The Goods and Services Tax Council is likely to consider simplification of the return filing framework and introduction of a sugar cess in its meeting today, three government officials told BloombergQuint.
The Council may allow buyers to avail credit based on the invoices uploaded by the seller, the officials said. In the new return filing framework, the seller will have to upload all invoices on the GST Network portal which will have to be acknowledged by the buyer. The buyer will then be able to avail input tax credit. If the seller fails to pay the tax, the first priority of the tax authority would be to recover tax from the supplier, one of the officials quoted above explained. In case recovery from seller cannot be made, credit availed by the buyer will be reversed, or tax would be recovered from the buyer.
In the current model of GST filing framework involving GSTR-1, GSTR-2 and GSTR-3, if the seller does not pay tax in stipulated time, the buyer has to reverse the credit availed, along with interest.
“[In the proposed model] the credit for buyers would be restricted to the extent the supplier is uploading invoices,” said Pratik Jain, leader-indirect taxes at PwC India. Buyers would be able to check invoices uploaded by the seller in real time, Jain told BloombergQuint.
This model was discussed in a meeting of state and central government officers today. Once finalised, there would a transition period of six months to move to the new return filing framework.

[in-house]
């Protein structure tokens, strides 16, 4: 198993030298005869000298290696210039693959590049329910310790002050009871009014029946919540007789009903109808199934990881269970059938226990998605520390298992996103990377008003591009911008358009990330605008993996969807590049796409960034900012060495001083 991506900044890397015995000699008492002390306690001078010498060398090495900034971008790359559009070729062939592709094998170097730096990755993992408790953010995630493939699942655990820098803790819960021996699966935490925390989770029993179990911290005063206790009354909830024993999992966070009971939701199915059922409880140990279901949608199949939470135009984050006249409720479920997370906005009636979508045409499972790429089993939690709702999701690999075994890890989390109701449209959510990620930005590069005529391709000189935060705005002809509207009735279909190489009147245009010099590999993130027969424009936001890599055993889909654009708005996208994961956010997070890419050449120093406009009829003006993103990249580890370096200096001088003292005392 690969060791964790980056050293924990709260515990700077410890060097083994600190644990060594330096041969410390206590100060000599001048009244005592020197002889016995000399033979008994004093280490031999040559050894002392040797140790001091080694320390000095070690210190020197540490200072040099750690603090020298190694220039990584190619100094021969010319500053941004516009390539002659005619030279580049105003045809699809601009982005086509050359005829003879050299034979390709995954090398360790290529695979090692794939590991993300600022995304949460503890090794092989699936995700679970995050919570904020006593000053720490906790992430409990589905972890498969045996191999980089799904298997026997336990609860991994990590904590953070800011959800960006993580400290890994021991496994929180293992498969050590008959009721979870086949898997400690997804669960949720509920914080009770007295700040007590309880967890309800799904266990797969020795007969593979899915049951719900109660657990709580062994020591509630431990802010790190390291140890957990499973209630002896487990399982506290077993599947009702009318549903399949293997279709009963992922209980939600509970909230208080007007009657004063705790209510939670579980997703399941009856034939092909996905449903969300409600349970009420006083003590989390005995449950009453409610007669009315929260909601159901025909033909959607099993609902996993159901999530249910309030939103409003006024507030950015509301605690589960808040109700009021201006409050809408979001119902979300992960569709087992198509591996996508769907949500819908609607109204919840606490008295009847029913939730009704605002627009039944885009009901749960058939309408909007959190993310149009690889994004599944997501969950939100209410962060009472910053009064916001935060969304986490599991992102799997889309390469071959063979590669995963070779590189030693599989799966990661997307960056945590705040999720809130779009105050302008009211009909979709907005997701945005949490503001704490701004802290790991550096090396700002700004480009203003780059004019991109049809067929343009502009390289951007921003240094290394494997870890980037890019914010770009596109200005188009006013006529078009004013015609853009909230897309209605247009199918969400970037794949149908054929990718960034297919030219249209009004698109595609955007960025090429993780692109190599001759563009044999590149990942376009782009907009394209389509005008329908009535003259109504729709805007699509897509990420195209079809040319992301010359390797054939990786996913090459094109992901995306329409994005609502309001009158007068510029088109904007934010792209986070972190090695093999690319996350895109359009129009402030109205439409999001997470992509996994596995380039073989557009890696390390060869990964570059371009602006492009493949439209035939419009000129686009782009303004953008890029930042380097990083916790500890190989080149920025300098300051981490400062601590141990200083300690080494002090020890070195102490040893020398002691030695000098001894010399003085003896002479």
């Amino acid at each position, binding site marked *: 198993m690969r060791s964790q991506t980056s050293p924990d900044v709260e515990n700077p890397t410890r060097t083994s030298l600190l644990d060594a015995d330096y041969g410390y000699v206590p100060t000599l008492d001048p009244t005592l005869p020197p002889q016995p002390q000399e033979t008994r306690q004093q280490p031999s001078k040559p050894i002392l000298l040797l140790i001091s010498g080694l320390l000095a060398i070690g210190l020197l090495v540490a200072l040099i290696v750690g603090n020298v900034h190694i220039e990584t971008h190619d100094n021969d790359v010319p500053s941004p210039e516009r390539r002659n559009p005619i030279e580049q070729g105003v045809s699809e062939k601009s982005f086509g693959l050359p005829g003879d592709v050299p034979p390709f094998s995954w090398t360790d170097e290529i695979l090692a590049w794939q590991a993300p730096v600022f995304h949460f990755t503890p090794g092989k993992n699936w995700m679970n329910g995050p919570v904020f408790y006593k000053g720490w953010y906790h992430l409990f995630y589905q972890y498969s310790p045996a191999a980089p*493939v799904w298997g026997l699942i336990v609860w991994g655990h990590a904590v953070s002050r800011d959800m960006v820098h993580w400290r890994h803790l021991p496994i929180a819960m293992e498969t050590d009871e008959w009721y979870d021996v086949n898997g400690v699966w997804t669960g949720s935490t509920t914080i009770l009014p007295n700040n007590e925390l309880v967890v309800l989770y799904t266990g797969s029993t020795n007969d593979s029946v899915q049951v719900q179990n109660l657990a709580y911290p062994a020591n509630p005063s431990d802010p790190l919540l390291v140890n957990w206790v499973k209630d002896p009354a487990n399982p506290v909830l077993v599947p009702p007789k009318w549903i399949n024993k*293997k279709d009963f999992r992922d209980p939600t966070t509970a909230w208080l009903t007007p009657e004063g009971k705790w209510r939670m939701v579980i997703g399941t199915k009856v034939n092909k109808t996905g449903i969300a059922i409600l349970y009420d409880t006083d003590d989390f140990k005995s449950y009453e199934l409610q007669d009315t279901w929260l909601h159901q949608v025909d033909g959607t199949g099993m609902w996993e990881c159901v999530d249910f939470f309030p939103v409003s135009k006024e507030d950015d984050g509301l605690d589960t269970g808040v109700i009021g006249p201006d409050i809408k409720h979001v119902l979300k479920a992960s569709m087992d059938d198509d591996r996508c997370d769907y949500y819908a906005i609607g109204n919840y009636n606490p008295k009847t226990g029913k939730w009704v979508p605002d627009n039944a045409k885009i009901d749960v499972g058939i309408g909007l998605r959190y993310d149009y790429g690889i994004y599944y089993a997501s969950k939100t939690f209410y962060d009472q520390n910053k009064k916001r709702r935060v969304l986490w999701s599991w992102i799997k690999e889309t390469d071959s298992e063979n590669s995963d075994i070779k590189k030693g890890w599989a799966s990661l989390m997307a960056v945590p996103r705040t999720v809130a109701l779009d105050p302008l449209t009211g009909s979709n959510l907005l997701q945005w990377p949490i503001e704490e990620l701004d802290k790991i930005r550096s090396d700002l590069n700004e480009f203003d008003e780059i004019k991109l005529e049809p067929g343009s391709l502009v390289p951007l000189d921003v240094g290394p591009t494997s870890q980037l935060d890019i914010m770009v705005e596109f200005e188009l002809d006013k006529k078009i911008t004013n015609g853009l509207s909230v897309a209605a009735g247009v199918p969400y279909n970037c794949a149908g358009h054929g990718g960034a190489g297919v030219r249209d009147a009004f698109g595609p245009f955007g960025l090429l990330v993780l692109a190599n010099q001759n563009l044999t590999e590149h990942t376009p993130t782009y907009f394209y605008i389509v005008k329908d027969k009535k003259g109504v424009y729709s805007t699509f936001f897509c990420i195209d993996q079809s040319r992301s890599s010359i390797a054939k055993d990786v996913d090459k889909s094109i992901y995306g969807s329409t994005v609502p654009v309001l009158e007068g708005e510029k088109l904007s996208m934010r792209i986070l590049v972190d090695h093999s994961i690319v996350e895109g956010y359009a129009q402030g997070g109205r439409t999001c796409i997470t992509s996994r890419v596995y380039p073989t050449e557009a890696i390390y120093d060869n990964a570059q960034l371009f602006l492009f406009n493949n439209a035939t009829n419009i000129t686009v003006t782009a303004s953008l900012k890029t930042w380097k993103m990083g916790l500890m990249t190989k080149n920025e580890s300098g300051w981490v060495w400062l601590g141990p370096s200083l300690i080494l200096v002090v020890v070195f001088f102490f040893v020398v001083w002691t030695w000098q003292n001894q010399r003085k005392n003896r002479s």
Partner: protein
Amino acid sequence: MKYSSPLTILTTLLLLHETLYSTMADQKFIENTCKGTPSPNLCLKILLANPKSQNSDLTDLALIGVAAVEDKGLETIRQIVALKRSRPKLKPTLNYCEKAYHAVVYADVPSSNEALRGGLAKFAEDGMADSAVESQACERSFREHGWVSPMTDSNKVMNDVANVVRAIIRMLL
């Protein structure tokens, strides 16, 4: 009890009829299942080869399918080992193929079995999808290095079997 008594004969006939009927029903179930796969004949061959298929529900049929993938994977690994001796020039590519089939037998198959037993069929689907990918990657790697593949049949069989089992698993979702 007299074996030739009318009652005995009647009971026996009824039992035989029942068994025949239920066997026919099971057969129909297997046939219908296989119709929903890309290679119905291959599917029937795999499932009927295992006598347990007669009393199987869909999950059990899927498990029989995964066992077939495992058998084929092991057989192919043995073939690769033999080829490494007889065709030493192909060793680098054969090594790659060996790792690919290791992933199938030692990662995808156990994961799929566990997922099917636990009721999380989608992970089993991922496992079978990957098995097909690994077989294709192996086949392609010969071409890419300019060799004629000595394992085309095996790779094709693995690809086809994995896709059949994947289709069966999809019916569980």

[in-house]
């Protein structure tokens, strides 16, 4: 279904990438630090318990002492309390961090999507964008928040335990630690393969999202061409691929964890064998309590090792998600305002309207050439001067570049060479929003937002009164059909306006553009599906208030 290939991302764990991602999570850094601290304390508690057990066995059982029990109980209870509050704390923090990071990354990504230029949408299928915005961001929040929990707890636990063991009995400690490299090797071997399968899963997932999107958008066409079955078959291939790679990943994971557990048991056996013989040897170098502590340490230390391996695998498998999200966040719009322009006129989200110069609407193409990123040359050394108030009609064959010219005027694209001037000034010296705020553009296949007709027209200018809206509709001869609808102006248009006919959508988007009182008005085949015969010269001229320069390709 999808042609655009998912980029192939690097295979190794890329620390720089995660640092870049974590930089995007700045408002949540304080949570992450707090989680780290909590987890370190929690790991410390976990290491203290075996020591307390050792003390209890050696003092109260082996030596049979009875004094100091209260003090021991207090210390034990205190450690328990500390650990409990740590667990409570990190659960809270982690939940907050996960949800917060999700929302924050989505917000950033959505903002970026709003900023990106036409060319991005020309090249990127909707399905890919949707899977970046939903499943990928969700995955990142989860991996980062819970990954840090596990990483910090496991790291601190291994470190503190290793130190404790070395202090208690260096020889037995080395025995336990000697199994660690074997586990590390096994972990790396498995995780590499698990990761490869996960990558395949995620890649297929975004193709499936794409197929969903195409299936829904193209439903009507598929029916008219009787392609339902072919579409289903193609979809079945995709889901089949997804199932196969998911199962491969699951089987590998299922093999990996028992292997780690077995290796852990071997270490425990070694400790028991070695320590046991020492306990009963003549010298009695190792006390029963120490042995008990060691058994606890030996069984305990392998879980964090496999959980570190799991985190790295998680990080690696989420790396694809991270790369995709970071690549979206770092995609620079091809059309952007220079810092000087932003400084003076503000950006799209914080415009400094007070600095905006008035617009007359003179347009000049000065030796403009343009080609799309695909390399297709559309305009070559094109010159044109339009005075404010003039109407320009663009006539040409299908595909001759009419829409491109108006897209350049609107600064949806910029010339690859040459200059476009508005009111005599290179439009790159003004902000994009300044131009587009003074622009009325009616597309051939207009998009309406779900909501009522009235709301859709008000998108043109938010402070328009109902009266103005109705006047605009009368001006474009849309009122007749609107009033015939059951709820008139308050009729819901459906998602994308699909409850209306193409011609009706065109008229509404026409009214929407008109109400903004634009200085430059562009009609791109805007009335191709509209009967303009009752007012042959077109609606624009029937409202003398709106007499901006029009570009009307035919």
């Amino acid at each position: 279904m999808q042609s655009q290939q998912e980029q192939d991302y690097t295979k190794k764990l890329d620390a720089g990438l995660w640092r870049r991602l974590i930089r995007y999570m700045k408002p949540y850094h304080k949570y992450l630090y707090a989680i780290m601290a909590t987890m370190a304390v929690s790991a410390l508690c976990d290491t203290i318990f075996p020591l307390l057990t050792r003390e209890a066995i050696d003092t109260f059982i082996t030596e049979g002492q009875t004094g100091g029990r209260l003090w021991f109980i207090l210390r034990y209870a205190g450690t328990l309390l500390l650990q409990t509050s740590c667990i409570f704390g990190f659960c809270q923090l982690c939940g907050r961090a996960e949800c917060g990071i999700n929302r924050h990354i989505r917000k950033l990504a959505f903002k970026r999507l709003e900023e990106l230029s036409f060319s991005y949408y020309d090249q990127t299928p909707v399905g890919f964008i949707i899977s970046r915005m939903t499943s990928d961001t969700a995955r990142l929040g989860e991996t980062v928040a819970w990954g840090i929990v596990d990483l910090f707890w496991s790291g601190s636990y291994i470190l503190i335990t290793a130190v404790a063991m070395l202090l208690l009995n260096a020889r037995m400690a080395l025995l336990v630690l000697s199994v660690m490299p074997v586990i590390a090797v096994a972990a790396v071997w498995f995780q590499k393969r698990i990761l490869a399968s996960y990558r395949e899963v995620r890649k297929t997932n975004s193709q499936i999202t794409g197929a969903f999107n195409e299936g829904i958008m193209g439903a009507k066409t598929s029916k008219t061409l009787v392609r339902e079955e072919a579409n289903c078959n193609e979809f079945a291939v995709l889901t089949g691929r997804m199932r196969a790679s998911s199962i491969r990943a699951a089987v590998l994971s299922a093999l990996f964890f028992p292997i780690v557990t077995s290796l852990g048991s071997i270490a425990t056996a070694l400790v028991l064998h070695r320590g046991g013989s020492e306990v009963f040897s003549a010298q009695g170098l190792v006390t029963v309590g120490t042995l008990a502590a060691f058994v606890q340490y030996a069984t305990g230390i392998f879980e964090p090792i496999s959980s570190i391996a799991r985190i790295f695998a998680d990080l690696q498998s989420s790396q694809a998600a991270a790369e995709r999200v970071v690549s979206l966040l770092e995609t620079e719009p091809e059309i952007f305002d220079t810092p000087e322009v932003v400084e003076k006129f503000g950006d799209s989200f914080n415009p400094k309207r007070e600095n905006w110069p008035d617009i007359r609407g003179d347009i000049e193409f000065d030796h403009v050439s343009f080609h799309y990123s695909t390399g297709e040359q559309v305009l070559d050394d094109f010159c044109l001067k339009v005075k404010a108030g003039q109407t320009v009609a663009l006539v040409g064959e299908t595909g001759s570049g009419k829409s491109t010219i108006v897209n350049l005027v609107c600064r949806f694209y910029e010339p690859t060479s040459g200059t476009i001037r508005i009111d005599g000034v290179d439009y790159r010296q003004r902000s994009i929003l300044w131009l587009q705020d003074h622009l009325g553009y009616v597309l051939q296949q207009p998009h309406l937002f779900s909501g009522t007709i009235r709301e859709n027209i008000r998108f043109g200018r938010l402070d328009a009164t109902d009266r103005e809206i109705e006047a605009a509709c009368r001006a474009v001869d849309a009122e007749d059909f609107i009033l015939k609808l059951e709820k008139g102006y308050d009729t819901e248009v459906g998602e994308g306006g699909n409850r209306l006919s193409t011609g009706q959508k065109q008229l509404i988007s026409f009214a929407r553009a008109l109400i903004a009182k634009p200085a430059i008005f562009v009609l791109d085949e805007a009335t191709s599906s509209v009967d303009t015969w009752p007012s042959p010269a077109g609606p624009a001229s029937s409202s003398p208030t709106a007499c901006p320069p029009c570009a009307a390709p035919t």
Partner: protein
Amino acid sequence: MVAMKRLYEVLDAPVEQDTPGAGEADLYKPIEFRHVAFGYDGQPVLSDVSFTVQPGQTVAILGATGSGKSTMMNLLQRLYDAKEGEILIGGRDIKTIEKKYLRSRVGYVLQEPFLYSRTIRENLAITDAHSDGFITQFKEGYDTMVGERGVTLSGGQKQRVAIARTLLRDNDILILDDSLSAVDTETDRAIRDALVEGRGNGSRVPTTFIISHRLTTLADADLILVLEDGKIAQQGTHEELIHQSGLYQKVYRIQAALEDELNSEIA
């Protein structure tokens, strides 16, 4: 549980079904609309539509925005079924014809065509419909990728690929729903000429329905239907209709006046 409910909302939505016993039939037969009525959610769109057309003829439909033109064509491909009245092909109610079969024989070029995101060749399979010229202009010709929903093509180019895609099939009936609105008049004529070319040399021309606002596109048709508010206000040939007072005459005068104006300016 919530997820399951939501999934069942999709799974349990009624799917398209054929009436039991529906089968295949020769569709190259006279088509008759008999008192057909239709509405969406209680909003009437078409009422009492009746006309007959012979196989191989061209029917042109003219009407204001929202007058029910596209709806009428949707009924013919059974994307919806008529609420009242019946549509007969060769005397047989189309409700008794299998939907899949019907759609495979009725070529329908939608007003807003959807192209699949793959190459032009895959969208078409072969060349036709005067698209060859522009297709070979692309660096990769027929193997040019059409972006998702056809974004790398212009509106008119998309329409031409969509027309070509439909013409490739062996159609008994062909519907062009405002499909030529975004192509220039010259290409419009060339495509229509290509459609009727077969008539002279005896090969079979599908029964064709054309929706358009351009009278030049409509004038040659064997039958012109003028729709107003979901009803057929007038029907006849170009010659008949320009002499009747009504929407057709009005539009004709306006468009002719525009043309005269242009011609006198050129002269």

Sugar Cess On Cards?
The GST Council is also likely to consider levying a cess on sugar – a proposal that was opposed by state government officials in today’s meeting, since states do not get a share of the cess collections. The quantum of cess proposed on sugar is around 5 percent or an ad valorem rate, two officials quoted above said.
This comes after the government decided to provide a subsidy of Rs 5.5 per quintal to sugarcane farmers on Wednesday. Food Minister Ram Vilas Paswan had said last week that the government will consider imposing a sugar cess and cutting the GST rate on ethanol to help mills clear dues worth Rs 19,000 crore to sugarcane farmers.
Jain said the introduction of a sugar cess would be a “bad move". Cess on sugar was abolished after the implementation of GST; reintroducing the levy would initiate a trend where various other cesses might follow, he added
“If the government intends to increase its revenue, it can do so by increasing the GST rate on sugar rather than imposing a cess,” he said.
Central government officials had also proposed lowering the GST rate on ethanol to 12 percent from 18 percent. This too was opposed by state government officials, one of the people quoted above said.
The Council may also take a call on making GSTN a public sector enterprise. The central government has proposed to buy the remaining 51 percent stake in the not-for-profit company from private players.
The central and state government currently hold 24.5 percent stake each in GSTN while the remaining 51 percent is held by HDFC, HDFC Bank, ICICI Bank, NSE Strategic Investment Co and LIC Housing Finance Ltd, according to data on GSTN’s website.
The central government is looking to buy out the entire stake held by private players as it fears that traders’ data may get compromised, two of the officials said. Turning GSTN into a state-owned company will bring it under the purview of the government’s data protection norms, they added.
As part of the government’s proposal, the current terms and conditions of GSTN’s employees will continue for the next five years.
Representatives of state governments, however, raised some concerns on the independence of GSTN should it be converted into a state-owned entity.